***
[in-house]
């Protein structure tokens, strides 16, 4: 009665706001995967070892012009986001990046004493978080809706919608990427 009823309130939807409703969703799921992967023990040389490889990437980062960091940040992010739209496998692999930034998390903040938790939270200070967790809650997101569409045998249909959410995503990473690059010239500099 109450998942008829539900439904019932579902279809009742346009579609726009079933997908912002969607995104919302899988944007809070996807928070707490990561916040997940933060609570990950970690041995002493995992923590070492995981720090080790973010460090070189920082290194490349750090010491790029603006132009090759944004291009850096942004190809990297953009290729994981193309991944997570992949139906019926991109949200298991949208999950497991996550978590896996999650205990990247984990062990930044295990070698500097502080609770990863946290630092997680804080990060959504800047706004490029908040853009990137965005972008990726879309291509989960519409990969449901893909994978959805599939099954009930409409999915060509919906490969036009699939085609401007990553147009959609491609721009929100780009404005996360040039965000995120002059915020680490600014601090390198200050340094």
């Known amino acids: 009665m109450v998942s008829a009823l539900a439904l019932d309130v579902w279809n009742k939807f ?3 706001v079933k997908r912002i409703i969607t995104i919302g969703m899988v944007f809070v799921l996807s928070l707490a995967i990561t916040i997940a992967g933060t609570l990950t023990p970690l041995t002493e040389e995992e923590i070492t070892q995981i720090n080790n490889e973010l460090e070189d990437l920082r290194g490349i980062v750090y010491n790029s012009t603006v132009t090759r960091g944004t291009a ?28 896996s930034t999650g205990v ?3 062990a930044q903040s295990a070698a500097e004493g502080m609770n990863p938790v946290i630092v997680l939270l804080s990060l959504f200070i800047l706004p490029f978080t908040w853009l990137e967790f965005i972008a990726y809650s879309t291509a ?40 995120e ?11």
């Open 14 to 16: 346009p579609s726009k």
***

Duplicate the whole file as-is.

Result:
[in-house]
């Protein structure tokens, strides 16, 4: 009665706001995967070892012009986001990046004493978080809706919608990427 009823309130939807409703969703799921992967023990040389490889990437980062960091940040992010739209496998692999930034998390903040938790939270200070967790809650997101569409045998249909959410995503990473690059010239500099 109450998942008829539900439904019932579902279809009742346009579609726009079933997908912002969607995104919302899988944007809070996807928070707490990561916040997940933060609570990950970690041995002493995992923590070492995981720090080790973010460090070189920082290194490349750090010491790029603006132009090759944004291009850096942004190809990297953009290729994981193309991944997570992949139906019926991109949200298991949208999950497991996550978590896996999650205990990247984990062990930044295990070698500097502080609770990863946290630092997680804080990060959504800047706004490029908040853009990137965005972008990726879309291509989960519409990969449901893909994978959805599939099954009930409409999915060509919906490969036009699939085609401007990553147009959609491609721009929100780009404005996360040039965000995120002059915020680490600014601090390198200050340094």
């Known amino acids: 009665m109450v998942s008829a009823l539900a439904l019932d309130v579902w279809n009742k939807f ?3 706001v079933k997908r912002i409703i969607t995104i919302g969703m899988v944007f809070v799921l996807s928070l707490a995967i990561t916040i997940a992967g933060t609570l990950t023990p970690l041995t002493e040389e995992e923590i070492t070892q995981i720090n080790n490889e973010l460090e070189d990437l920082r290194g490349i980062v750090y010491n790029s012009t603006v132009t090759r960091g944004t291009a ?28 896996s930034t999650g205990v ?3 062990a930044q903040s295990a070698a500097e004493g502080m609770n990863p938790v946290i630092v997680l939270l804080s990060l959504f200070i800047l706004p490029f978080t908040w853009l990137e967790f965005i972008a990726y809650s879309t291509a ?40 995120e ?11």
């Open 14 to 16: 346009p579609s726009k």